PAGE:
It’s not like that’s the only mode this game has to offer, though. Let’s hit up the new addition of Spec Ops first. In this mode, you can go it alone offline or bring a friend with you either via splitscreen or online through an assortment of 23 missions. Some of these scenarios have been directly lifted from the campaign, others have you fending off a number of enemy waves, and a few will have you emptying clip after clip as you desperately try to take down some unrelenting foes. Most missions will have a set of weapons for you to choose from in the beginning, and then you can go through and pick up whatever weapons you can find on the ground, from your fallen enemies, or just lying around as you progress. It’s definitely fun, and it was my favorite part of the game. I actually wound up spending twice as much time on this than I did the campaign... mainly because it provides that challenge that I was looking for.
Multiplayer’s the third and final mode that this game brings, and it’s going to be the one that people probably put the most time into. There are tons of options, both in gameplay and your own arsenal. First, the weapons. The game has over 40 different guns going from it ranging from assault rifles, light machine guns, sniper rifles, shotguns, and rocket launchers. All of these can and will be used to put the hurt on your opponents. Those aren’t the only weapons. You also have access to a Riot Shield that you can use to fend off enemy bullets and grenades, a throwing knife, claymore mines, grenades... Yeah, there’s a lot here. If you keep sticking with a particular type of weapon and earning kills, you’ll gain access to certain attachments. Silencers, scopes, but there are also a few new features. You can use a heartbeat sensor to have a mini-HUD that can tell you when an enemy’s closing in on you, or you could go thermal and find the enemies on the maps yourself. There’s also the option of dual-wielding, and I guarantee you that there will be tons of complaints when it comes to the ridiculous range that the 1887 shotguns have with this feature.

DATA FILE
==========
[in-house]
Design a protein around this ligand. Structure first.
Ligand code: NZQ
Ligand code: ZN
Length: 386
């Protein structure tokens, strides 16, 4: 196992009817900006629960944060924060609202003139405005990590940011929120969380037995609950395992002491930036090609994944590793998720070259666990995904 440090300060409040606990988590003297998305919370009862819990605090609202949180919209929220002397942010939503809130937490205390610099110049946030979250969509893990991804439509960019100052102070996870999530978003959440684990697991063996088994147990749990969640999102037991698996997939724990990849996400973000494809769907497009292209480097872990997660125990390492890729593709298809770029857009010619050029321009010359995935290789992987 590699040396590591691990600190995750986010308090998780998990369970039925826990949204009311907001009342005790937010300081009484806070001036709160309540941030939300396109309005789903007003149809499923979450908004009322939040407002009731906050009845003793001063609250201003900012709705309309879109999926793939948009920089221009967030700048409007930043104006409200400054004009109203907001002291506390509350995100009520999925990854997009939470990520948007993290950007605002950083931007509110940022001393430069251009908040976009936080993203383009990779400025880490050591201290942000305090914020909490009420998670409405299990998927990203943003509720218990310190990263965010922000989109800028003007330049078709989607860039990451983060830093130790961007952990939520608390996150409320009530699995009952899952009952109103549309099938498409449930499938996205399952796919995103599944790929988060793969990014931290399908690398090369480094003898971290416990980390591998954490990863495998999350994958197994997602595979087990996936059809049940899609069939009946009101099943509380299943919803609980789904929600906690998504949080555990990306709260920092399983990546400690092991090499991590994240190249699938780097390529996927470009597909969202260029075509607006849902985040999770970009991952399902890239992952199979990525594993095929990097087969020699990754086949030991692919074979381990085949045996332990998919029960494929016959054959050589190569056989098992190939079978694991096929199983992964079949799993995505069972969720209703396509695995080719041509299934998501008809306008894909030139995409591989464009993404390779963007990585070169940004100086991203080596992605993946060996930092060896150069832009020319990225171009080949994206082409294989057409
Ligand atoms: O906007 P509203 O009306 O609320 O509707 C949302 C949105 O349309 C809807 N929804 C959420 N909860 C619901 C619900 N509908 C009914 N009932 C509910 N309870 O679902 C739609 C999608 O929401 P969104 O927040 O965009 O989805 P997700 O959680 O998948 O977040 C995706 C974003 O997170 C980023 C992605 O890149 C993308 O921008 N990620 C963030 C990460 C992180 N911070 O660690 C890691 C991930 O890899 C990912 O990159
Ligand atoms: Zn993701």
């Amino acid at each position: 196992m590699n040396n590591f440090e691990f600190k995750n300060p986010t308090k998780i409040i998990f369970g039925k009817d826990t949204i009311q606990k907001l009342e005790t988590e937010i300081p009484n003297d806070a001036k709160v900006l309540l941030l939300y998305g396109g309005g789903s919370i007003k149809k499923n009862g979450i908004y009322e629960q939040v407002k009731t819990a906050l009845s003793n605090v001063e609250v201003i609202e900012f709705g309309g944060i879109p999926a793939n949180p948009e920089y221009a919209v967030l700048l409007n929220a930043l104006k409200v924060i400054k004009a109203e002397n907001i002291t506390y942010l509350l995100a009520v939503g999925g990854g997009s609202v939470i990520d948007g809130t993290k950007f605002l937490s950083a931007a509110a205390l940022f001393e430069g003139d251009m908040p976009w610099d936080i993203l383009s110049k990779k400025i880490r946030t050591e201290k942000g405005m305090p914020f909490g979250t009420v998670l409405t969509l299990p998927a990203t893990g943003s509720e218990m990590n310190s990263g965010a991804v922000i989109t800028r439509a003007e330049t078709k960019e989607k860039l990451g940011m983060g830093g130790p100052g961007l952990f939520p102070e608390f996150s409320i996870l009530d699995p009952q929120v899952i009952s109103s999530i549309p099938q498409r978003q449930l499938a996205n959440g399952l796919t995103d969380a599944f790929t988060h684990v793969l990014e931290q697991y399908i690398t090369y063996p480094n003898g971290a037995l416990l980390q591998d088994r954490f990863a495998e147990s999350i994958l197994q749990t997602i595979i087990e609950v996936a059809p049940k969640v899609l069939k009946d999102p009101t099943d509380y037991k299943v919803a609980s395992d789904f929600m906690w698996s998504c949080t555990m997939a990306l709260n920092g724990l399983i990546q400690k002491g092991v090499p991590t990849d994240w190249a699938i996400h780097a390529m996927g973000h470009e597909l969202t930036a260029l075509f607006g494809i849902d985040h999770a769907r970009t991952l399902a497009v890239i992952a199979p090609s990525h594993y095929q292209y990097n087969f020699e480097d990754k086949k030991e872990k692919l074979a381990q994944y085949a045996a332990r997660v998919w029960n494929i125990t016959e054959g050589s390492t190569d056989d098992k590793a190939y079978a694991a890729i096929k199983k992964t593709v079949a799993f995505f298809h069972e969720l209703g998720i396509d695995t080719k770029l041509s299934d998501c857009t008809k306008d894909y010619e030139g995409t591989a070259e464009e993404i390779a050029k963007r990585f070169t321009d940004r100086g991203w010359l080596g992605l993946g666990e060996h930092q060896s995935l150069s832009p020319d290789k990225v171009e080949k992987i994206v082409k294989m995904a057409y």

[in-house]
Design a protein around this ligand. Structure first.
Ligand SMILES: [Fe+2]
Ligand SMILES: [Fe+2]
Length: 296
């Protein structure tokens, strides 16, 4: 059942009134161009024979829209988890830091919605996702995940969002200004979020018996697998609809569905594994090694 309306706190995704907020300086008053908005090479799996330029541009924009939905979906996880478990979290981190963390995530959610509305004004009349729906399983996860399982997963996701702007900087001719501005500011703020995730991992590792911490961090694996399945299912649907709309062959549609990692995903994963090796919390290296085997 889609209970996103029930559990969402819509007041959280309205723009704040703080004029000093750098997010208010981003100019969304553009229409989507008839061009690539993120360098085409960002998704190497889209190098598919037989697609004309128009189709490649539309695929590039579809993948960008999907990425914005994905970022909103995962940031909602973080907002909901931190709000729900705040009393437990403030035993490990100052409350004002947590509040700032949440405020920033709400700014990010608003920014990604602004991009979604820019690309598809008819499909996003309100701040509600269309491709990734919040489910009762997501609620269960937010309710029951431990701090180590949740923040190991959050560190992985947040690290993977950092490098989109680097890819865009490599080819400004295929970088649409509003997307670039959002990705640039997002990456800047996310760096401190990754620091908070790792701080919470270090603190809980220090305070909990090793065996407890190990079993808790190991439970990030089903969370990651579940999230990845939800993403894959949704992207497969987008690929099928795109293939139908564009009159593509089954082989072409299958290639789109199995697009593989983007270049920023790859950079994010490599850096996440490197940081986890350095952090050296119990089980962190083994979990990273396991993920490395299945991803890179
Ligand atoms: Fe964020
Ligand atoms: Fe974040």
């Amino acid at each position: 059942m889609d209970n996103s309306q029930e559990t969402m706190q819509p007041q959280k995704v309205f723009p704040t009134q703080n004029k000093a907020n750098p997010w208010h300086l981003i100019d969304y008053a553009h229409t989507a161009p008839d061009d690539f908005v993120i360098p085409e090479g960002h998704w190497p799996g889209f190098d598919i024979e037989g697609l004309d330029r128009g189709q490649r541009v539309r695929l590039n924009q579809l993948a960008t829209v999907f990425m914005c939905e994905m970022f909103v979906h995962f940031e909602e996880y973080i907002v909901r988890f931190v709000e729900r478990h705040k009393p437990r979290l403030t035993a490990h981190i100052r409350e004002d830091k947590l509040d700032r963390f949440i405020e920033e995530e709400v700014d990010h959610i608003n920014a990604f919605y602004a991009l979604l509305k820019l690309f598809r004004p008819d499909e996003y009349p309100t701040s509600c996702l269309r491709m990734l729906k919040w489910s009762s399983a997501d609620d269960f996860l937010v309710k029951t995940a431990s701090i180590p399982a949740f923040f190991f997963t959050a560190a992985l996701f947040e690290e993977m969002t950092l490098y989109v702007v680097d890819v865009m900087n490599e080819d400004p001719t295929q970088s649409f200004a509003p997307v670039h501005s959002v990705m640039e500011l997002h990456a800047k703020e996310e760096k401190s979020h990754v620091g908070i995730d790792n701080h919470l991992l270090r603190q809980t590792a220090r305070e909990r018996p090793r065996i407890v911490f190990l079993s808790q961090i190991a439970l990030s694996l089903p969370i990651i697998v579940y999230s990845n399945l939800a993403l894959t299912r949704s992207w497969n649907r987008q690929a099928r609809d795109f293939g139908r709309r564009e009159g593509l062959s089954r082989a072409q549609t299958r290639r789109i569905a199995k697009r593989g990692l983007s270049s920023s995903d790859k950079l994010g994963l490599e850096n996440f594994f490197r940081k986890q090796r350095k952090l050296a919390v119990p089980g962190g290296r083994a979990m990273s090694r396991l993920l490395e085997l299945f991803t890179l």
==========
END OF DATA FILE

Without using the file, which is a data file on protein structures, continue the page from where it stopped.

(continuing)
You also have the choice of equipping a selection of three perks of which there are sixteen to choose from, and each can be leveled up once. Want to have unlimited sprint, be invisible to all sensors, and be able to have increased melee range? You can. You also get the choice of having three Killstreaks to attach to your character. As you level up, you’ll be able to unlock more (although you’ll still only be able to equip three at a time). You have the choice of being a team player and dropping in Care and Killstreak packages via air support or you could just use the Killstreaks to continue the devastation on your opponents. Some will let you take control of the weapons in question like the AC-130 Gunship or a Predator Homing Missile. You have to be careful as to where you use these as you will be a sitting duck if the enemy spots you. The biggest Killstreak reward is an instant game ending Nuclear missile. ...Wow, that’s a bit over the top, isn’t it? The thing is you have to get 25 kills in a row to have access to it, and if you can’t reach that mark, then that would be a waste of a Killstreak slot. Oh well.
As for the modes, there’s 17 to choose from across the game’s 16 maps. Team Deathmatch, Capture the Flag, and Domination to name a few are available for you to compete in online, although most will be locked until you level up a bit. Thankfully, it doesn’t take long to level up as the game has so many different ways of gaining experience. Killing enemies, going for the objectives, heck there are even some just for running around a certain distance. You will find yourself leveling up quite easily even if you’re not the best at the game thanks to Deathstreaks. If you keep finding yourself on the wrong end of a duel, you’ll be able to earn timed bonuses such as increased health or being able to steal your opponent’s weapon set. Moreover, if you can get a kill on an enemy while you’re in this rut, you’ll gain some extra experience. It literally feels like Infinity Ward is giving points away in multiplayer like they’re candy. I’m sure this will tick off some players, but you’re still going to be rewarded more for performing well than you would otherwise, so calm down, guys.
At first, I didn’t know how I was going to score this. The game still feels more or less like it did two years ago which is both good and bad at the same time. The campaign focuses more on crazy shock moments than it does memorable missions or level design, but Spec Ops is there to try and fill that void. Multiplayer’s fun for the most part, even if it’s a little unbalanced at times. Still, Modern Warfare 2 is a solid sequel and one that I had a lot of fun with even in a market that’s oversaturated with shooters as it is. The thing is that it’s not at the same level that Call of Duty 2 and 4 were when they released back in the day. If you can get past this and realize that not every title has to move the genre forward and be a Game of the Year candidate, then you’re probably going to enjoy this game as much as I did.